Margarita's International Recipes


Irish Stew

Irish Stew

Irish Stew traveled to America with Irish immigrants, quickly becoming a staple of St. Patrick Day dinners. I'd made it myself before. In America, versions with Guiness are pretty popular - so I chose one that had it.

The stew was great, with super tender lamb and a deep broth. Definitely comfort food.


Irish Stew


  • 12 oz bacon or smoked pork belly, diced
  • 1/4 cup flour
  • salt
  • pepper
  • 3 lb lamb shoulder chops, cut into 1" pieces
  • olive or cooking oil as needed
  • 1 large onion, chopped
  • 4 garlic cloves, minced
  • 1 12-oz Guinness beer
  • 5 cups beef broth
  • 3 carrots, sliced into 1" pieces
  • 1 lb baby potatoes, cleaned and cut in halves
  • 3/4 tsp dried thyme
  • 1 bay leaf
  • 1 tsp. Worcestershire sauce
  • flour, if needed


Heat a stock pot or another large pot over medium-high heat. Add the bacon and cook until the fat is rendered and the bacon is cooked through. Using a slotted spoon, remove bacon from the pot onto a paper towel and set aside to drain.

In a large bowl, mix together the flour with 1/4 tsp salt and 1/4 tsp pepper. Add the lamb pieces and mix until they are all coated.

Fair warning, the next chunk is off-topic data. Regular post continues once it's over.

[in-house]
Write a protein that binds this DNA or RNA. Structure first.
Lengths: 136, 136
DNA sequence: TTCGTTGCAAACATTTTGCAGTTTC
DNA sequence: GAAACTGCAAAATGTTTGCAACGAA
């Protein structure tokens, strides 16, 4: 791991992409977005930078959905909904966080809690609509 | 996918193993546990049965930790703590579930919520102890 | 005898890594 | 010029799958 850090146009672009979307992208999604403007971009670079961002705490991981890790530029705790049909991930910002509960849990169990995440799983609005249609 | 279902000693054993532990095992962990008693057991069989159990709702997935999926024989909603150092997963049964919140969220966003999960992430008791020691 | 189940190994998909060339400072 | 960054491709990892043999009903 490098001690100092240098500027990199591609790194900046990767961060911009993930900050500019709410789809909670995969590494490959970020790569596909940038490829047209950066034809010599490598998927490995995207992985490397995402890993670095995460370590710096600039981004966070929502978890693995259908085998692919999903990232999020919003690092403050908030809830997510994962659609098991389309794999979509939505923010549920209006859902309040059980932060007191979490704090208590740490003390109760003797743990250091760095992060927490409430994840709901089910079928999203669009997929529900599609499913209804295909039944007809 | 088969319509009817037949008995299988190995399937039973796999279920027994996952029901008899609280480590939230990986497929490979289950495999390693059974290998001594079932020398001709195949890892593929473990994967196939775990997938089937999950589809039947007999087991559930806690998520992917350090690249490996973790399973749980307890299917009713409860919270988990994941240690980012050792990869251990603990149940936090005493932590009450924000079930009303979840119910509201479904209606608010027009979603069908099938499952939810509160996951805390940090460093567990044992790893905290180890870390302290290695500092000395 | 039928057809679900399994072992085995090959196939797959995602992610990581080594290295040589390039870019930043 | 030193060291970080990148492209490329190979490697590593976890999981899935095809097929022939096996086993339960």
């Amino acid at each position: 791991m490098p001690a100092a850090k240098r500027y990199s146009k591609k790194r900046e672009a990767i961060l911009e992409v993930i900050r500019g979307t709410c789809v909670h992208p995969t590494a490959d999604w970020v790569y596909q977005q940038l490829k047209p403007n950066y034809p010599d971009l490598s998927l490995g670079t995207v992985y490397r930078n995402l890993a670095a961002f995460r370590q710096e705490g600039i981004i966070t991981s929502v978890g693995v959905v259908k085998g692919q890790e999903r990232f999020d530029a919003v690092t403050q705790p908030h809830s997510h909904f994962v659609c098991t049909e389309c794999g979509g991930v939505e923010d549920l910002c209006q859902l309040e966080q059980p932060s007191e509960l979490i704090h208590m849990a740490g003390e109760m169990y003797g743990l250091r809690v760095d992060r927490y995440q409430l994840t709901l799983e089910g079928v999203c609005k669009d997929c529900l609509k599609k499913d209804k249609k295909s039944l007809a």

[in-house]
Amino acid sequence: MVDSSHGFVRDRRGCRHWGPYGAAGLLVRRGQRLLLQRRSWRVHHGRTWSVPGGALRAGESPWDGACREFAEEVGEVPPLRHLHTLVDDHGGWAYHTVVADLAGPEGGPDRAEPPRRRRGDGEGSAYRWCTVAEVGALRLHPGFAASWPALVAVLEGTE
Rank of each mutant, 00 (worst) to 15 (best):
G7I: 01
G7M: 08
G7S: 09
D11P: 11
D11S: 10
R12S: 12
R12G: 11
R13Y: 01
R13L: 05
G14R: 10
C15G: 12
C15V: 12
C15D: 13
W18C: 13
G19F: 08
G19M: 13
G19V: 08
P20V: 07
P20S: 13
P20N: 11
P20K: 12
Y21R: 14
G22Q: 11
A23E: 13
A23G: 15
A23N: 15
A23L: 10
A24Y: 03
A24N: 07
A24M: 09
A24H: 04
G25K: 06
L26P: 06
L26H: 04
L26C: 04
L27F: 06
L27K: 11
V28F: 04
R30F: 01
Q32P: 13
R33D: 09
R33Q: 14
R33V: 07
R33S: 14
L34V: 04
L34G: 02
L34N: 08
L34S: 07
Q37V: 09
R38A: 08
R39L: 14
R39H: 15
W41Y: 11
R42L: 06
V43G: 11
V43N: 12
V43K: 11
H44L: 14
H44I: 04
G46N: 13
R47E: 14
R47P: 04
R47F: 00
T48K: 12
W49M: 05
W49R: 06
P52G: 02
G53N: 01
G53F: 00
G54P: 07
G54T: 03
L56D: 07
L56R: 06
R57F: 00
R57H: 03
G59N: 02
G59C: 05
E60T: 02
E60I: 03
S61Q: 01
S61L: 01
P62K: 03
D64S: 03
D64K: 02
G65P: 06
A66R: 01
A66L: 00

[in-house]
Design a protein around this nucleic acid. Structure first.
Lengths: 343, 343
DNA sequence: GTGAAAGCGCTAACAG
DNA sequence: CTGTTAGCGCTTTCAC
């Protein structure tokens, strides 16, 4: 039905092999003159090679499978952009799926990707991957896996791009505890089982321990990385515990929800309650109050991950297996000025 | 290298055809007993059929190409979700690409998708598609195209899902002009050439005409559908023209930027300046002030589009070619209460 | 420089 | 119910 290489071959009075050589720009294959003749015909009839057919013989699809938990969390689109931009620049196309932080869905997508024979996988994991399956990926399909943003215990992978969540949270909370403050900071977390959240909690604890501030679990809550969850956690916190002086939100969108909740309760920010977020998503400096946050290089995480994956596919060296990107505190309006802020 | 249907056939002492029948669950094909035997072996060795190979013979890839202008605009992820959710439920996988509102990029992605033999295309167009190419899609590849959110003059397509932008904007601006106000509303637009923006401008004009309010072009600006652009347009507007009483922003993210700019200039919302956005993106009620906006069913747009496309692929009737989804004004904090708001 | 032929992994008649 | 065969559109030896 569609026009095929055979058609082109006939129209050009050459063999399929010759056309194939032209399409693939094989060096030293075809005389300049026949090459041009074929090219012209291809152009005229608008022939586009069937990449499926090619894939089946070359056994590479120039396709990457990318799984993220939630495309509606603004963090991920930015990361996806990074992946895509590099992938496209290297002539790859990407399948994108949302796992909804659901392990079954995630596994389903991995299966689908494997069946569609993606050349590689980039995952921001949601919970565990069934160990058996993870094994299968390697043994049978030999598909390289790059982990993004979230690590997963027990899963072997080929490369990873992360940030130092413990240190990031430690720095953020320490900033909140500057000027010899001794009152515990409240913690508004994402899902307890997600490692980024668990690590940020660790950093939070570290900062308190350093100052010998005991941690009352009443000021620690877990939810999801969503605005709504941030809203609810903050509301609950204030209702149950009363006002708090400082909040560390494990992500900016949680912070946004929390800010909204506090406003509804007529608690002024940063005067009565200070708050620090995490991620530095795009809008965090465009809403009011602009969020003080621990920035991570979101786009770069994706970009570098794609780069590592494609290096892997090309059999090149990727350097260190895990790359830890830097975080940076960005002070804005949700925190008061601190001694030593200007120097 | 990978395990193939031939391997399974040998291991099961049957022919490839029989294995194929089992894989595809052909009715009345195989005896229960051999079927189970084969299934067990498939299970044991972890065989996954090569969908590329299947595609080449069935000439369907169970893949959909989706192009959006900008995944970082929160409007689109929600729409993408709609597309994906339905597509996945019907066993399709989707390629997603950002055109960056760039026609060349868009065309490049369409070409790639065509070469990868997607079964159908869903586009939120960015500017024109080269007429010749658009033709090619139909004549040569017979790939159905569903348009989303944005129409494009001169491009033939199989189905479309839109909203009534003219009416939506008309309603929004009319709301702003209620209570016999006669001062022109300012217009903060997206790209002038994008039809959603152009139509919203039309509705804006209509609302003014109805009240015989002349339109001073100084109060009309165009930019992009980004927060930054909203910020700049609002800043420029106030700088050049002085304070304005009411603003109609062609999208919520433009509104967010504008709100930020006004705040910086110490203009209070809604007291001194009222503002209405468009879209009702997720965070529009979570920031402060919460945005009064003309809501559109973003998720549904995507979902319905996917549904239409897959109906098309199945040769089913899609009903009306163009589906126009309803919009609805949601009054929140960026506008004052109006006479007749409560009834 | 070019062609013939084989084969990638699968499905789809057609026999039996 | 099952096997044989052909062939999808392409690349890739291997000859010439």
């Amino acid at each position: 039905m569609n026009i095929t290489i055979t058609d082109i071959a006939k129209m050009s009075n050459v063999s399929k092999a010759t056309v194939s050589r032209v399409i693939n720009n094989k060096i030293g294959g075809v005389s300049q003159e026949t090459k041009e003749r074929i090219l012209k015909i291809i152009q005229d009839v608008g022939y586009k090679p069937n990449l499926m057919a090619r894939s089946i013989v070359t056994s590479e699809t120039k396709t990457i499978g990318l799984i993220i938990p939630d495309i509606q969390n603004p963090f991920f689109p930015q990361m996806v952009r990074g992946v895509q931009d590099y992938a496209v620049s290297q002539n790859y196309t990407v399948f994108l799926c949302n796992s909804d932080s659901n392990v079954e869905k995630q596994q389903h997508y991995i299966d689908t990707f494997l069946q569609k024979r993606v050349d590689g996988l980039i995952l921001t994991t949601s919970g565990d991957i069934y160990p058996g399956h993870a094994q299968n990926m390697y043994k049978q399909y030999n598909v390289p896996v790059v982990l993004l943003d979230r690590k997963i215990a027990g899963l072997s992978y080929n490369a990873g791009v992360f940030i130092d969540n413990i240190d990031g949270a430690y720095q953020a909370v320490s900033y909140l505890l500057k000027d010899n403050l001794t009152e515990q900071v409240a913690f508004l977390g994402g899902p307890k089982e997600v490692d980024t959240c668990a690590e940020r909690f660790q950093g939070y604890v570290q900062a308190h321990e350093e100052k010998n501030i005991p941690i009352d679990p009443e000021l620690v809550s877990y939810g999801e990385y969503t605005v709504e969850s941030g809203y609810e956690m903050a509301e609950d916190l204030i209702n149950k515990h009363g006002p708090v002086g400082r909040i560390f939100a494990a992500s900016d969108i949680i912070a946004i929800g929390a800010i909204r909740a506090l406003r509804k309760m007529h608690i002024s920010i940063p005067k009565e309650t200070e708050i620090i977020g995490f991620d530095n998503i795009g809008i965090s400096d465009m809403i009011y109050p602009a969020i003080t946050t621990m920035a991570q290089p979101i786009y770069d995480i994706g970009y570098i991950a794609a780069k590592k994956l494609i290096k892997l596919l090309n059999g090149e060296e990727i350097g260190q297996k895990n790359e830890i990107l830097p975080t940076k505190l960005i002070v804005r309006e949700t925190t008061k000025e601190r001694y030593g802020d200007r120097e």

Add the lamb to the pot with the bacon fat and brown on all sides. Using a slotted spoon, remove lamb and set aside.

Add oil to the pot with the bacon grease, if needed. Add chopped onion, turn heat down to medium and cook until soft, about 5 minutes, stirring occasionally. Add the garlic and cook for 1 minute.

Add 1/2 cup of beer to the pot, turn heat to high and deglaze, scrapping any brown bits.

Add the rest of the beer and beef broth to the pot. Add the reserved bacon bits and lamb, bring to a boil, turn heat down to low and then simmer, uncovered, for about 90 minutes. Add more beef broth as needed during cooking.

Add the potatoes, carrots, thyme and bay leaves and simmer for another 25 minutes or until the vegetables are tender. Stir in Worcestershire sauce, taste and adjust seasonings.

If needed to thicken the stew add a little bit of flour, stirring constantly to make sure it doesn't clump.

Adapted from several recipes.

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